“It doesn’t matter what your journey in life has been. It doesn’t matter where you come from, what your nationality, race, gender, or sexuality is.

“I grew up in this area and this park was the beauty of everyone’s childhood. Many years of laughter, playing, being naughty, being called in, being grounded most of the time in my case, because we weren’t home in time to help our mothers in the kitchen.”

Ms Kosar said she began her journey with Friends of Bradford Moor Park after visiting the park in 2019 with her nephews. She added, “Instead of developing, the park was underdeveloped. It was the forgotten park.

“A lot of time and effort has gone into the planning. We are nowhere near our goal, but I have a vision of five years. In five years, I am hoping, with all your help, we are going to have a community garden and children playing, smiling, and being naughty like I was.”

Najm Khalid, who is part of the walking group in the park said: “It is all about having a safe space for women to come together for mindfulness, mutual support, exercise, and wellbeing in a safe and beautiful space.

“Mindfulness breathing helps anchor ourselves in the present moment which is soothing and calming in a frantically busy world. Another way we fill our lungs with lovely Bradford air at the Gupshup group is through chilled out and supportive exercise.

Safeena Khan talked openly about the importance of looking after your mental health.

“Sometimes we stroll around the pond, chatting to the swans and geese. I personally find the swans are more talkative and the geese are more suspicious. Other times, like Kate Bush, an 80s reference for anyone from that era, we are running up that tiny hill over the hill over there with no problems.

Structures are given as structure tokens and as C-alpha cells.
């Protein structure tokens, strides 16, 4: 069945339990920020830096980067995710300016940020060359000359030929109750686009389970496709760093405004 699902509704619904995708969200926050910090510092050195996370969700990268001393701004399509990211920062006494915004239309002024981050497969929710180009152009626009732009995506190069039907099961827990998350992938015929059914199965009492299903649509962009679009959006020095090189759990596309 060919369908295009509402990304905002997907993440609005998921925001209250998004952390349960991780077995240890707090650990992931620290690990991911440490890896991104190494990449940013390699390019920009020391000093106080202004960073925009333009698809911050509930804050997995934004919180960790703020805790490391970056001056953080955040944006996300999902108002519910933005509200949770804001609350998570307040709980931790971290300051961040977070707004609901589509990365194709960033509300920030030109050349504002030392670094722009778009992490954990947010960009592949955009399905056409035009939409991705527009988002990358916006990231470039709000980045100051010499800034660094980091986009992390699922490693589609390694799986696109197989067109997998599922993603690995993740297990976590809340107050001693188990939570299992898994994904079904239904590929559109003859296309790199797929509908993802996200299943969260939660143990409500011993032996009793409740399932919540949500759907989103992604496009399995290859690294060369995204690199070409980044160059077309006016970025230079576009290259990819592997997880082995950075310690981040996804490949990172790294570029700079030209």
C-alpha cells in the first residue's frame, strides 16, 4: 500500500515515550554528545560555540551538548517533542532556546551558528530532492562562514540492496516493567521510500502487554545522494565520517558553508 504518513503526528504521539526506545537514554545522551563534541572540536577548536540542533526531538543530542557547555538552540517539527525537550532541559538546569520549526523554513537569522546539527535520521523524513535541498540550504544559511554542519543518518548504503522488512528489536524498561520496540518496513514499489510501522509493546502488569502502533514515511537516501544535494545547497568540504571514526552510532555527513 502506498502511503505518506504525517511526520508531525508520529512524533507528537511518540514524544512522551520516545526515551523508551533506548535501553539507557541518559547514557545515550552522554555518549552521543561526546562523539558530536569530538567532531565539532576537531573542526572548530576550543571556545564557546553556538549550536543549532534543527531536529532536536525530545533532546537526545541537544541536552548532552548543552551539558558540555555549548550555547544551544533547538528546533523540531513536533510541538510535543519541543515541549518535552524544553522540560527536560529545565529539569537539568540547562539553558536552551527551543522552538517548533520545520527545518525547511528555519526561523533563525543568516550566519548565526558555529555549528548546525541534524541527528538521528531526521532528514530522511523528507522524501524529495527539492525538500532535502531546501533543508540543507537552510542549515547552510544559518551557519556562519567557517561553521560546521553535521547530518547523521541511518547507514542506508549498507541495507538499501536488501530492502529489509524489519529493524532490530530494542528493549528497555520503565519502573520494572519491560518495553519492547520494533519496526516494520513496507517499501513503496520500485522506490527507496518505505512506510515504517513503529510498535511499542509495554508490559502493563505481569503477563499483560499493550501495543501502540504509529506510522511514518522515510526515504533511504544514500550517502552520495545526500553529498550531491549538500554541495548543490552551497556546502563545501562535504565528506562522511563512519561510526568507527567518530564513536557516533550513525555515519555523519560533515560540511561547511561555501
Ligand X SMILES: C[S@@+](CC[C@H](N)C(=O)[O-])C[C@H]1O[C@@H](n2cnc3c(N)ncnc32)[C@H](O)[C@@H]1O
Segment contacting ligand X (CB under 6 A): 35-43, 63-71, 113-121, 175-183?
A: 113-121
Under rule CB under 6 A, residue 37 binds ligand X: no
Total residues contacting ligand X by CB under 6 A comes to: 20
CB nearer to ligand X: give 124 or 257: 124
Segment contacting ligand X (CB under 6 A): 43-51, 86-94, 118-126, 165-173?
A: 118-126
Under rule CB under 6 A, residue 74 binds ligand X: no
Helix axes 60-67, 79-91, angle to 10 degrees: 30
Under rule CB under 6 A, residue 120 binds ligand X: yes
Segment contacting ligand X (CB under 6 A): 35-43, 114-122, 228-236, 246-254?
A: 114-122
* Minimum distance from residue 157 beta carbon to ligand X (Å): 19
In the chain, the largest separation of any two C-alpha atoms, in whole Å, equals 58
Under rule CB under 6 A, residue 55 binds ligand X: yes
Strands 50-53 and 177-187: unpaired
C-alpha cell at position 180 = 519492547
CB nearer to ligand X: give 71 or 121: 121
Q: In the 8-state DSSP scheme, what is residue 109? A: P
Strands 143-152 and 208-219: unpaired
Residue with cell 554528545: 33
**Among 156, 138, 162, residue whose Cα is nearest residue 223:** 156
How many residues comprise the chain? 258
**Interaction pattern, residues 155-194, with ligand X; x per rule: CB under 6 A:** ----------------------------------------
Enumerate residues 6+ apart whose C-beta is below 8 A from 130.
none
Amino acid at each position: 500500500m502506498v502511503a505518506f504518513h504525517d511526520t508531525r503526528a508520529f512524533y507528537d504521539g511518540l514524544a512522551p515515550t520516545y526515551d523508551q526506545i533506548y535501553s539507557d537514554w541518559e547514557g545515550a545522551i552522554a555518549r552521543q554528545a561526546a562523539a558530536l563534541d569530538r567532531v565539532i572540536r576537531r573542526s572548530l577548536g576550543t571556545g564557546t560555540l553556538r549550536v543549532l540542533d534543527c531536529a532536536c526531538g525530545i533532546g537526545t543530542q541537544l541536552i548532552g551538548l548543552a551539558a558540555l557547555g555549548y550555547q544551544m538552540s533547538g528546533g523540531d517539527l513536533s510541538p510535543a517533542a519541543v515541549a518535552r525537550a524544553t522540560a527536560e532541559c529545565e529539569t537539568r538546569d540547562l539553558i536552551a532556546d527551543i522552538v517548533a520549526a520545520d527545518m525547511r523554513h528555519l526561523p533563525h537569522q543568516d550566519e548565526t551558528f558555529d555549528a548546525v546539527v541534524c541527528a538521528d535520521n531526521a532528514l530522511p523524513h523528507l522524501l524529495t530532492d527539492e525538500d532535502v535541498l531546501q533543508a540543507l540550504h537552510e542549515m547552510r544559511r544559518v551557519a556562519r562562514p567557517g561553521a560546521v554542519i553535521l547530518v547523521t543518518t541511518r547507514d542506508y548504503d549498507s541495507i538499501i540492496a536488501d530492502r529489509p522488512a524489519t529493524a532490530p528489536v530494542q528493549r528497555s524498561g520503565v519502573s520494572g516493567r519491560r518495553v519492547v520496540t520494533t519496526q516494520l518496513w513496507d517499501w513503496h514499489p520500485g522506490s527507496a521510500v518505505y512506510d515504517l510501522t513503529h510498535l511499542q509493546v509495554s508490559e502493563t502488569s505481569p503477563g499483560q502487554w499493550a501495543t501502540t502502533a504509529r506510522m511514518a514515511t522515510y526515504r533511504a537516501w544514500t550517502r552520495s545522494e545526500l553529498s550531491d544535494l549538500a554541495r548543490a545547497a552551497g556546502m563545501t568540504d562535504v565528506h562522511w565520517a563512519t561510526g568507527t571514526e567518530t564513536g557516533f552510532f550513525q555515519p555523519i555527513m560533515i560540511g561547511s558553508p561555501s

“Through exercise and singing Kate Bush songs, we aim to forget our anxieties and oxygenate ourselves, resulting in better mental and physical health”.

Mrs Khalid added: “On a more serious note, there is a desperate need for more outdoor spaces where women can meet for support.”

Safeena Khan and her family live near the park in Barkerend. She spoke at the event about her journey following the death of her beloved mum. She said “words are hard to find” but the people who have supported her along the way has given her the courage to speak openly about her experience.

Her first point of call was her children’s primary school who gave her support and guidance about her loss, and how to talk to her children. “I want to thank the school for all the opportunities and what they have done for my family.